Families across Ireland could be entitled to a number of social welfare benefits that they are not aware of.
The cost of living crisis continues to affect thousands nationwide, and some families are struggling to make ends meet.
If you’re having a particularly difficult time and have not looked into the benefits in place for Irish families, here are three lesser-known schemes that could be of help.
One-Parent Family Payment
The One-Parent Family (OFP) Payment is a payment for anyone who is bringing children up without the support of a partner.
Those who are working full time can still qualify for this payment and the maximum weekly rate is up to €220.
To qualify for the One-Parent Family Payment you must:
- Be aged under 66
- Be the parent, step-parent, adoptive parent or legal guardian of a child under a certain age – see ‘Age limit for a child’ below
- Be the main carer of at least one child under the age limit. The child must live with you. OFP is not paid if the parents have joint equal custody of a child or children.
- Pass a means test – a means test looks at any income that you have – see ‘How your income is assessed for the One-Parent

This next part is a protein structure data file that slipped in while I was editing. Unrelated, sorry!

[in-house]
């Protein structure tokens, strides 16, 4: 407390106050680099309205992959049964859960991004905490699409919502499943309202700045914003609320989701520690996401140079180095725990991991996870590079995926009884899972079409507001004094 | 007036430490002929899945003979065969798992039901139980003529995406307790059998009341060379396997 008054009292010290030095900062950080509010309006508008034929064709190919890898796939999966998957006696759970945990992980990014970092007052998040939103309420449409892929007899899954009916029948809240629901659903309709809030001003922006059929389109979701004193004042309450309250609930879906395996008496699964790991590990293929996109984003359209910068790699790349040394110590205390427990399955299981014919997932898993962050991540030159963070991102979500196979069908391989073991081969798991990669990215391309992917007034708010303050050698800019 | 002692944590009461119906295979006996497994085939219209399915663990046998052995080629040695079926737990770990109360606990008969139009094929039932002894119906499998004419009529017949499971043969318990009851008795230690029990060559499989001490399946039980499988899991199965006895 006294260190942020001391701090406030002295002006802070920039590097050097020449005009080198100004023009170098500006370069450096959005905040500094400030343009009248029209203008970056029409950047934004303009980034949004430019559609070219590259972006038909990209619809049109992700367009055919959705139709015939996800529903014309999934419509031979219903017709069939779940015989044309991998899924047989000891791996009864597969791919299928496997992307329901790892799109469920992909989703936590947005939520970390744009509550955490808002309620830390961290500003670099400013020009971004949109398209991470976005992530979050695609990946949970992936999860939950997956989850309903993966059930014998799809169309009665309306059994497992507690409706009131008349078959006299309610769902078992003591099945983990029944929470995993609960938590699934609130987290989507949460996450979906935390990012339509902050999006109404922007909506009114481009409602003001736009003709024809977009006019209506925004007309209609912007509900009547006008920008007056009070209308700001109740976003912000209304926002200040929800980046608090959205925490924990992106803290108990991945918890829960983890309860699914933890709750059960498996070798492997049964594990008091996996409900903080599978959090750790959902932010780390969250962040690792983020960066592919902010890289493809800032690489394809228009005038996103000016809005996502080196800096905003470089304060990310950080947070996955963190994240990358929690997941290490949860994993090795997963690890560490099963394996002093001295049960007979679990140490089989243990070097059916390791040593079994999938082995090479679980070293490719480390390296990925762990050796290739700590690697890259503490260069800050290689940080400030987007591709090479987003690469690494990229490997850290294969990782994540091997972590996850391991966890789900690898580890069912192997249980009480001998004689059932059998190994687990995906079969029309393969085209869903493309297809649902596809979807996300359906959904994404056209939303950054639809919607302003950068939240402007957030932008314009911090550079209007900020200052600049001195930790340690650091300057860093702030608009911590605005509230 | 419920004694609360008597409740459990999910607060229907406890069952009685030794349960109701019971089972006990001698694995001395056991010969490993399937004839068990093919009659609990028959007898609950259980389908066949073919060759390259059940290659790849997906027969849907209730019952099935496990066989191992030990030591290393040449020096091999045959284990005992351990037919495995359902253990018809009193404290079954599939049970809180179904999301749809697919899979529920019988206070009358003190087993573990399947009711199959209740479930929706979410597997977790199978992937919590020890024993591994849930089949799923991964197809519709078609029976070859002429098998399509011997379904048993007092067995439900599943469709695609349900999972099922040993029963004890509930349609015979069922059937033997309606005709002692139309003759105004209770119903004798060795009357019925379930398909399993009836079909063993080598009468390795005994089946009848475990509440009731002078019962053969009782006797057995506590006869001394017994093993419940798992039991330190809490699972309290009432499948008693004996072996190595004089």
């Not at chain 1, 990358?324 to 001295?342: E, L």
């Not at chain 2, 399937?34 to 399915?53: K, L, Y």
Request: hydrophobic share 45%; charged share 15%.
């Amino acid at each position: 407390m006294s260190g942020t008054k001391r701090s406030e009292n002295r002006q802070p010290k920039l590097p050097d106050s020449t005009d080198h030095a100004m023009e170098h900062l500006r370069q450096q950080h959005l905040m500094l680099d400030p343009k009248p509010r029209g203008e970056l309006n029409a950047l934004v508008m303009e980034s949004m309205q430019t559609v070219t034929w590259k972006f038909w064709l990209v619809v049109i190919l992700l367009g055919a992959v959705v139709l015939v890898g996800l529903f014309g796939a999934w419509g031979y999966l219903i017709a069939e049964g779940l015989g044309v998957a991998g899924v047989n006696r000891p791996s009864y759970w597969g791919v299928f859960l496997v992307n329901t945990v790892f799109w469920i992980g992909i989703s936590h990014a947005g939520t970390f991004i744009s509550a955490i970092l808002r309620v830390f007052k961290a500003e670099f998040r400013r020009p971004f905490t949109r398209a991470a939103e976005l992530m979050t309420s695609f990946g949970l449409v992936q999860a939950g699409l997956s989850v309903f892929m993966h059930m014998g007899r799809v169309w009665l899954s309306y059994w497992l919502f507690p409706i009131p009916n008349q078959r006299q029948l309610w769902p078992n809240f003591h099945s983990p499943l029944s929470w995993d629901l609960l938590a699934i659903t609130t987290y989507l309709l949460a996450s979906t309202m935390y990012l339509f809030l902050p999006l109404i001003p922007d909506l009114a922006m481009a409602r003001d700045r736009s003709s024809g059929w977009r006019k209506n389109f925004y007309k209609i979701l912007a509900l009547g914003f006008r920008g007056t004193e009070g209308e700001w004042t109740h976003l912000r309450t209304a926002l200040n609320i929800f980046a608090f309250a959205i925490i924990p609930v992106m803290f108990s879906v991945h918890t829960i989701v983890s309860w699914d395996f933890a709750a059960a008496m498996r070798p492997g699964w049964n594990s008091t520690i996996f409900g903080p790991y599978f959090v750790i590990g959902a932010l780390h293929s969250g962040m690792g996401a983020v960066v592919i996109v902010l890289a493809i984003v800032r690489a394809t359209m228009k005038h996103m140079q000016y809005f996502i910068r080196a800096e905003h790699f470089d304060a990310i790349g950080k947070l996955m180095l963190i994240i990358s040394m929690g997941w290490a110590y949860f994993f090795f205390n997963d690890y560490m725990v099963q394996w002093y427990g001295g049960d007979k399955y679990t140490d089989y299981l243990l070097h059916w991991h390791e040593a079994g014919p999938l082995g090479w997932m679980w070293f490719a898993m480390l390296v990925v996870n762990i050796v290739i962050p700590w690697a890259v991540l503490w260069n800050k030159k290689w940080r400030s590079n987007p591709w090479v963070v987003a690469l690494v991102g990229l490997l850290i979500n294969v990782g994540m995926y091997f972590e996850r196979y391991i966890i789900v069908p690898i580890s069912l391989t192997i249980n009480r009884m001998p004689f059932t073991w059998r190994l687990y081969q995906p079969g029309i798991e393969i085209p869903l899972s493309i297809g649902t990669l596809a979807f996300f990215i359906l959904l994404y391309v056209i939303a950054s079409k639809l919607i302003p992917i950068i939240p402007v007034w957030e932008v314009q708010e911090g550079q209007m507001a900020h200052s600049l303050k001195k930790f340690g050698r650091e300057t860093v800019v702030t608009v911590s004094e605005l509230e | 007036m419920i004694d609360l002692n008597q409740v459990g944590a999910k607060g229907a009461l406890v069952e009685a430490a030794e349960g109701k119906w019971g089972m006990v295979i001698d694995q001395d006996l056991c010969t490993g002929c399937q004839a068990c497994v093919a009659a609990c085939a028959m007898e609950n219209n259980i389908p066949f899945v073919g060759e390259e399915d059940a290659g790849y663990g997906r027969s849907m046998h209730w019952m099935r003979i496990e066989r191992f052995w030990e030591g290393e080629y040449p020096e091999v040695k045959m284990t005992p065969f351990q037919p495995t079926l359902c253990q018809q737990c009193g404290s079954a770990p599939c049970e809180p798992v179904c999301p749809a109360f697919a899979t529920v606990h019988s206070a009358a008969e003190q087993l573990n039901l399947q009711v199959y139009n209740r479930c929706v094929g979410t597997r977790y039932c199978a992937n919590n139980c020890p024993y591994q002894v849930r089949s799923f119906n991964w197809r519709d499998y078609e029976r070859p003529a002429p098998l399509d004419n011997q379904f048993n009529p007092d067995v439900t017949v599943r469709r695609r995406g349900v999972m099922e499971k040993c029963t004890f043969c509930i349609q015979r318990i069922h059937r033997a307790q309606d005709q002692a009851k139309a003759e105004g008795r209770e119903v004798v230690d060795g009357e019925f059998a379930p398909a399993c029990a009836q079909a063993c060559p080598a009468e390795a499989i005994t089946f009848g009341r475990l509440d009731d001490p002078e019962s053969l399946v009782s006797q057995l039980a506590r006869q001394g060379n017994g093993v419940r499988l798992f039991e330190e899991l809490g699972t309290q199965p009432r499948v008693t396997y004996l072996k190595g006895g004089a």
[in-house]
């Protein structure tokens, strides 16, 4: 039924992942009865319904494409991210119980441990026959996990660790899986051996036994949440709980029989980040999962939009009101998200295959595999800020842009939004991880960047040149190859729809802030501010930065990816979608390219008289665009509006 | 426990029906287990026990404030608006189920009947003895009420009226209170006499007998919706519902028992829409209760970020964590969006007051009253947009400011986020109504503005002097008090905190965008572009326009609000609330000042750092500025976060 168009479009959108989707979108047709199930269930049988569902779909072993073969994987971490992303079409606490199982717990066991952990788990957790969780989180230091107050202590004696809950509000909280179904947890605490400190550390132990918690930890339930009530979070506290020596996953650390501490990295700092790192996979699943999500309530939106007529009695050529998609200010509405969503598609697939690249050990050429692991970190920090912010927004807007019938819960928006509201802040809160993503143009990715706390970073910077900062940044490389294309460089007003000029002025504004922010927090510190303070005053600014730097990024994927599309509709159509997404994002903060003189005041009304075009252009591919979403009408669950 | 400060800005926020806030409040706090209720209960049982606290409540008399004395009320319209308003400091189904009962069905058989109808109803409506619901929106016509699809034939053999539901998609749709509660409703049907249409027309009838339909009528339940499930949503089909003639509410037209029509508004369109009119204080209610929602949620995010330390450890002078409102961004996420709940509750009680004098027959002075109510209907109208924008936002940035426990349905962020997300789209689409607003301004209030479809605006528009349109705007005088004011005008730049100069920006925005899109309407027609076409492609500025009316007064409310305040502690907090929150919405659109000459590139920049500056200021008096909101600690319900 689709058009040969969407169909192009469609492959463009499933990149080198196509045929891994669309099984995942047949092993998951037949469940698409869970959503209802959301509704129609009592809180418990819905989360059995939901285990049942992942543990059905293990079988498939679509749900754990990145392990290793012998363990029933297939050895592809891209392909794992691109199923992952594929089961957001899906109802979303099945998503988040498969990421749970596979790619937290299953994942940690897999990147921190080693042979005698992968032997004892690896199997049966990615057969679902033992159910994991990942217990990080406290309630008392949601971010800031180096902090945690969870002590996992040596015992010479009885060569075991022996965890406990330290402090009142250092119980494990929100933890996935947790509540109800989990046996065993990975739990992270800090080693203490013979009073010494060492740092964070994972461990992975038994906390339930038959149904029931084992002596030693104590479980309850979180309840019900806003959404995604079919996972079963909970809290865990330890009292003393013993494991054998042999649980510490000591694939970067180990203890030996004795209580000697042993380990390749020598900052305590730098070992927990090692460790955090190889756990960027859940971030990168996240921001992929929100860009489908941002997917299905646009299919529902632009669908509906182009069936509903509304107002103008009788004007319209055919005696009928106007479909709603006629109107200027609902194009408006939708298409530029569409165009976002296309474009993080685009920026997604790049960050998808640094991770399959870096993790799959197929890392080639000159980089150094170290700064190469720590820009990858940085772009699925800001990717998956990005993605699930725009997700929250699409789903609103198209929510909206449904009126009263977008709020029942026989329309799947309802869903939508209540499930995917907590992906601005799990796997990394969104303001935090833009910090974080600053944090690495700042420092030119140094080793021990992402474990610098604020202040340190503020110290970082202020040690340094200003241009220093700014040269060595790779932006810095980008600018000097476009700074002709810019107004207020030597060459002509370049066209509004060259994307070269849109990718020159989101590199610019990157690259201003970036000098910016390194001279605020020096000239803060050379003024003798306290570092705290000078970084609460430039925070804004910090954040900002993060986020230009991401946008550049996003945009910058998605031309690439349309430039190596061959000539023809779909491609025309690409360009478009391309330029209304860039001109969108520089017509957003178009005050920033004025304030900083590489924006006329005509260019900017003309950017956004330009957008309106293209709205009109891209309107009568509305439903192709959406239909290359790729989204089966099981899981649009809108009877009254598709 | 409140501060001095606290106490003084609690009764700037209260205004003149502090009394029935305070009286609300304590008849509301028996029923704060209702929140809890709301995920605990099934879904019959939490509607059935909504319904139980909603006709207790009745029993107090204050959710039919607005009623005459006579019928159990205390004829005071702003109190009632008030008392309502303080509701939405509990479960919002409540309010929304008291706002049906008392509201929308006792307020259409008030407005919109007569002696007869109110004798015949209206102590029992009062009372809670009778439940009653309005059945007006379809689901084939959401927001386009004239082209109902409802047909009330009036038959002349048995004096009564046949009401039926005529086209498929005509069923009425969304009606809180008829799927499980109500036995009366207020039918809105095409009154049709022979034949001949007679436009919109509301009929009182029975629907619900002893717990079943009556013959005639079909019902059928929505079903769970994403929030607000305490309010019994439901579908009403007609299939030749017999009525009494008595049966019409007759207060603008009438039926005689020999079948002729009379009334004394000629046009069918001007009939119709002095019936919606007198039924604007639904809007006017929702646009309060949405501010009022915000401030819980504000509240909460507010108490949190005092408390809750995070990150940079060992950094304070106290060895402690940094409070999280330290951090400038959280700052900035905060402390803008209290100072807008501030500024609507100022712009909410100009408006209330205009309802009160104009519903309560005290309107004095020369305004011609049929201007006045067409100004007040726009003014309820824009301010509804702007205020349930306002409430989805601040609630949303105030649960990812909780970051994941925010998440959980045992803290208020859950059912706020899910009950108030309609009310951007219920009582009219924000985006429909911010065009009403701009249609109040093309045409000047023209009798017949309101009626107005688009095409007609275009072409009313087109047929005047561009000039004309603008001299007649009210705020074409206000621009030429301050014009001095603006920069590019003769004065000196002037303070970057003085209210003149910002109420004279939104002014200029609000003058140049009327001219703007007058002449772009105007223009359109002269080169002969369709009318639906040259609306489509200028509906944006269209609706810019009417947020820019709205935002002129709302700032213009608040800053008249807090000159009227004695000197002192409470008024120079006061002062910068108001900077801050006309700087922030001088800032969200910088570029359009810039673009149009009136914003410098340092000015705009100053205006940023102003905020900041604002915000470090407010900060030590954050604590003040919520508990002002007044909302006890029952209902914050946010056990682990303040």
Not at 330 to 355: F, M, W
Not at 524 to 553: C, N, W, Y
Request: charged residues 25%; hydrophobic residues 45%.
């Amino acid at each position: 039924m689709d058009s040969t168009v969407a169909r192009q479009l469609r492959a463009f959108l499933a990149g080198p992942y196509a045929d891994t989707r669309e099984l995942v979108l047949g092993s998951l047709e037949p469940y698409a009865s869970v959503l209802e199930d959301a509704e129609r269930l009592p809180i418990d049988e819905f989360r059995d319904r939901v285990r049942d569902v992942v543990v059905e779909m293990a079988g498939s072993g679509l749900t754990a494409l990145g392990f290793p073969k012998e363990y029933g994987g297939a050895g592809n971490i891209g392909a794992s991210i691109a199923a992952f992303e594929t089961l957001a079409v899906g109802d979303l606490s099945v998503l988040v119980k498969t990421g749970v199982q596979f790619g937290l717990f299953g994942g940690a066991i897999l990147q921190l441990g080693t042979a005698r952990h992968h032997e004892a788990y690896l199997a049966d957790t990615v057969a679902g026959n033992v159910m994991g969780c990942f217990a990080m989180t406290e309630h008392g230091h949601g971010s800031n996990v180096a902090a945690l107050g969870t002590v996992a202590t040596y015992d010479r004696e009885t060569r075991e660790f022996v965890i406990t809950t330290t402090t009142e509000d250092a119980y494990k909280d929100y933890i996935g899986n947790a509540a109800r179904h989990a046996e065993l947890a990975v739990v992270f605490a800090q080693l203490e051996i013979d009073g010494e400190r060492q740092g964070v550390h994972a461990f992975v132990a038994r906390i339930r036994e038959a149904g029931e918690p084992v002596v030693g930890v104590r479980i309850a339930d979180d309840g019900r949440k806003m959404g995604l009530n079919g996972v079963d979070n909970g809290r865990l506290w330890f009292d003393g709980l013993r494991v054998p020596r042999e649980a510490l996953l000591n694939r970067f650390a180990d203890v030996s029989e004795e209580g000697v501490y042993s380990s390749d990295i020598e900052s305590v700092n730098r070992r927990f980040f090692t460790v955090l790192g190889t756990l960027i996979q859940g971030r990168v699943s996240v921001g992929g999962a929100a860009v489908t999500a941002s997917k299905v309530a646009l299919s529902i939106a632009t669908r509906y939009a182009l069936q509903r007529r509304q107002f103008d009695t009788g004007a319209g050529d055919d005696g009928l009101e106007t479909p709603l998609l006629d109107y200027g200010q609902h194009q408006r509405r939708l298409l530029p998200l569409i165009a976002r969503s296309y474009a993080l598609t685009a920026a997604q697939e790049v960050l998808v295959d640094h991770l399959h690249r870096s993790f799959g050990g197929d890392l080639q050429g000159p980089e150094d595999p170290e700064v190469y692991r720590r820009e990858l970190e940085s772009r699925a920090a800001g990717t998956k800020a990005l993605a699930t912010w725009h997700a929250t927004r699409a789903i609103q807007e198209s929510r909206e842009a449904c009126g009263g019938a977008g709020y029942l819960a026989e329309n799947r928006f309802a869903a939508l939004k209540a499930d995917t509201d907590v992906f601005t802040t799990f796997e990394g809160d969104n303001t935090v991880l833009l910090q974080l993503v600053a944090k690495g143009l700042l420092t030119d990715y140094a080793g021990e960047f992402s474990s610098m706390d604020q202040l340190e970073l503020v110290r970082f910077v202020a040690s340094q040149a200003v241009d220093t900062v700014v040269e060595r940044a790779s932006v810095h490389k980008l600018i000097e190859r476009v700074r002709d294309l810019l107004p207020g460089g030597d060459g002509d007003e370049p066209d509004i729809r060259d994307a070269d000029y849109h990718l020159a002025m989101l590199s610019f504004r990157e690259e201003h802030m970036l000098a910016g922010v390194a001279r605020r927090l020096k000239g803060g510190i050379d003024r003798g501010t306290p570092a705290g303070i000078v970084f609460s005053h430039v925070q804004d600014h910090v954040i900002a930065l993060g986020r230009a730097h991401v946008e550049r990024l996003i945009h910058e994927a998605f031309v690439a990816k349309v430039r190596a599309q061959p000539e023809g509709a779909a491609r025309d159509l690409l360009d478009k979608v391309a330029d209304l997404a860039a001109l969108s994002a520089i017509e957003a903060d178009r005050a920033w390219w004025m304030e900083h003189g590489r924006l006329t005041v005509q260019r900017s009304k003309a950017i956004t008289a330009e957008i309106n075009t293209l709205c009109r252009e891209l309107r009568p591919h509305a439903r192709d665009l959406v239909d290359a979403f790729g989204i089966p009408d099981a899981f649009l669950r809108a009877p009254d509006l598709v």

- Family Payment’ below
- Live in Ireland and meet the habitual residence condition – find out more about exemptions from the habitual residency condition.
- Not be living with a spouse, civil partner or cohabiting
You can find out more here.
Back to Work Family Dividend (BTWFD)
The Back to Work Family Dividend is available to support lone parents and long-term jobseeker families with children in finding or returning to work.
If you qualify for this scheme, you will receive a weekly payment for up to two years with rates ranging from €21 to €200 a week.
Your qualifying amount will depend on how many kids you have and their ages.
The Back to Work Family Dividend is based on the standard Increase for a Qualified Child.
If you were getting a half-rate IQC with your payment you will get an increase to the standard rate BTWFD.
From January 2023, the BTWFD is €42 for a child aged under 12 and €50 for a child aged 12 and over.
It is paid for each child (up to a limit of 4 children) for one year, then in the second year, it is reduced to €21 for a child aged under 12 and €25 for a child aged 12 and over.
For more information on this, click here.
The Homemaker’s Scheme is in place to make things easier for you as a homemaker to qualify for a higher rate of State Pension (Contributory) when you reach pension age.
A homemaker, under the scheme, is someone who provides full-time care for a child under 12 or an ill or disabled person over 12.
To qualify, the applicant needs to:
- Be aged under 66
- Have started insurable employment or self-employment on or after the age of 16 and before the age of 56
- Not work full-time but you can work and earn less than €38 gross a week
- Care full-time for a child under 12 or an ill or disabled person
To see the full list of criteria, click here.
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